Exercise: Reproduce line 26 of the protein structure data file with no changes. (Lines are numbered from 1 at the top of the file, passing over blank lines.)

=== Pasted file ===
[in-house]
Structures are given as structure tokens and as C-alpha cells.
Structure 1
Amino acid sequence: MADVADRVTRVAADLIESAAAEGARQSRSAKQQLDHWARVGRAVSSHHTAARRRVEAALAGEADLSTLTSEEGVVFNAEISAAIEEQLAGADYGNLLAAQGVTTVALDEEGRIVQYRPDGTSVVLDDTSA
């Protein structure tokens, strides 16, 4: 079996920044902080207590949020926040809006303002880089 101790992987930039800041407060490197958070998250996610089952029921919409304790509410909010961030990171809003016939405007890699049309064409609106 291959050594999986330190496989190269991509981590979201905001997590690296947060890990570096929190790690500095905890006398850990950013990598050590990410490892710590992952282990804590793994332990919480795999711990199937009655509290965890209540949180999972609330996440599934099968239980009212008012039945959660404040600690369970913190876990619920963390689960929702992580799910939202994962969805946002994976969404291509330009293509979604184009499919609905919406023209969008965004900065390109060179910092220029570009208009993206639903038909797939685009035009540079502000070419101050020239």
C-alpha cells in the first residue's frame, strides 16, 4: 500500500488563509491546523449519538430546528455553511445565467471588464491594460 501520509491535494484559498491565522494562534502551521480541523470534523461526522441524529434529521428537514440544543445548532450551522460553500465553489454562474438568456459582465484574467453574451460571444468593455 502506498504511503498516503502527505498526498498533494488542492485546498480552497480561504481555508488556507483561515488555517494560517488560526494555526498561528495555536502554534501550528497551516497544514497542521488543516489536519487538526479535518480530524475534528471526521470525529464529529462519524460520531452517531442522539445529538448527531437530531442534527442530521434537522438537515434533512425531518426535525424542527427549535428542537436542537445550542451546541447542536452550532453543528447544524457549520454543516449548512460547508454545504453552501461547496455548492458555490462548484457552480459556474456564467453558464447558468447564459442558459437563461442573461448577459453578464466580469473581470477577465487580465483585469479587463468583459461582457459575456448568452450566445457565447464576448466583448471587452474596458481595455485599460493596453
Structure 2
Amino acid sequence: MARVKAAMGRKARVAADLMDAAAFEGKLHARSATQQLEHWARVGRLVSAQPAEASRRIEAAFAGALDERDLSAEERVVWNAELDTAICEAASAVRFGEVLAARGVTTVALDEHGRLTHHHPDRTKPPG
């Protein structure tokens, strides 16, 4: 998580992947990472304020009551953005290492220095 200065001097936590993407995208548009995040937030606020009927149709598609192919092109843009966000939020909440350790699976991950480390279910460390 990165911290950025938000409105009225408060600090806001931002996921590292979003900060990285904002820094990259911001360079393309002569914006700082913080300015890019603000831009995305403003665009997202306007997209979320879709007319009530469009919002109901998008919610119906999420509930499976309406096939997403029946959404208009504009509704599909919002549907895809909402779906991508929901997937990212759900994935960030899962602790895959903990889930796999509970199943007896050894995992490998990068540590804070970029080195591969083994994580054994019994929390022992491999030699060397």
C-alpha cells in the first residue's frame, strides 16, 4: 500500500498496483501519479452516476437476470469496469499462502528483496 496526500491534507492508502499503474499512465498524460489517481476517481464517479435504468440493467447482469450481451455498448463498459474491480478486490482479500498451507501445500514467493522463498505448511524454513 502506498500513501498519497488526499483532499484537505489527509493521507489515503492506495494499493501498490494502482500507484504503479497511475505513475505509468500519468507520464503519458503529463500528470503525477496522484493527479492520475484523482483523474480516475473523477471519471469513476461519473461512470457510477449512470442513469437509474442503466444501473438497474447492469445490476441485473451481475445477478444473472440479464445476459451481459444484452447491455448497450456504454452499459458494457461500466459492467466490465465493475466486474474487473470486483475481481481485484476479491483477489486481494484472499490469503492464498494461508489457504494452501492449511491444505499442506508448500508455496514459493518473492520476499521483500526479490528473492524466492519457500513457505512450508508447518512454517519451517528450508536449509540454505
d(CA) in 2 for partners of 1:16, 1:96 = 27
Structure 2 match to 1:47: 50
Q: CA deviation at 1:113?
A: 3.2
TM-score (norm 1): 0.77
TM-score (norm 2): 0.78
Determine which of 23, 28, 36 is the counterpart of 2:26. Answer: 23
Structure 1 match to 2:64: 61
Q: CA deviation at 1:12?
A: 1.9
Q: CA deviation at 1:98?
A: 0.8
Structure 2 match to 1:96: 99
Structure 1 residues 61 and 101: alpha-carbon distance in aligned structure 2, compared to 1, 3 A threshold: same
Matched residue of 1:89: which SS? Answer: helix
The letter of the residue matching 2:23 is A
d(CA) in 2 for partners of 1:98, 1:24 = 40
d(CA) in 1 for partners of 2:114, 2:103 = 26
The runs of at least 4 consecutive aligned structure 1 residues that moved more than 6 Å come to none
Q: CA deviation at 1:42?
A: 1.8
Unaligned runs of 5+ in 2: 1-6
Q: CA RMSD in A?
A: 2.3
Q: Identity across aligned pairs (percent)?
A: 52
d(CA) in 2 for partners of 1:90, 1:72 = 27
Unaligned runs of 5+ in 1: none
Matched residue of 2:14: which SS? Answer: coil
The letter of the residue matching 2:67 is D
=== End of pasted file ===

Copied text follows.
The letter of the residue matching 2:23 is A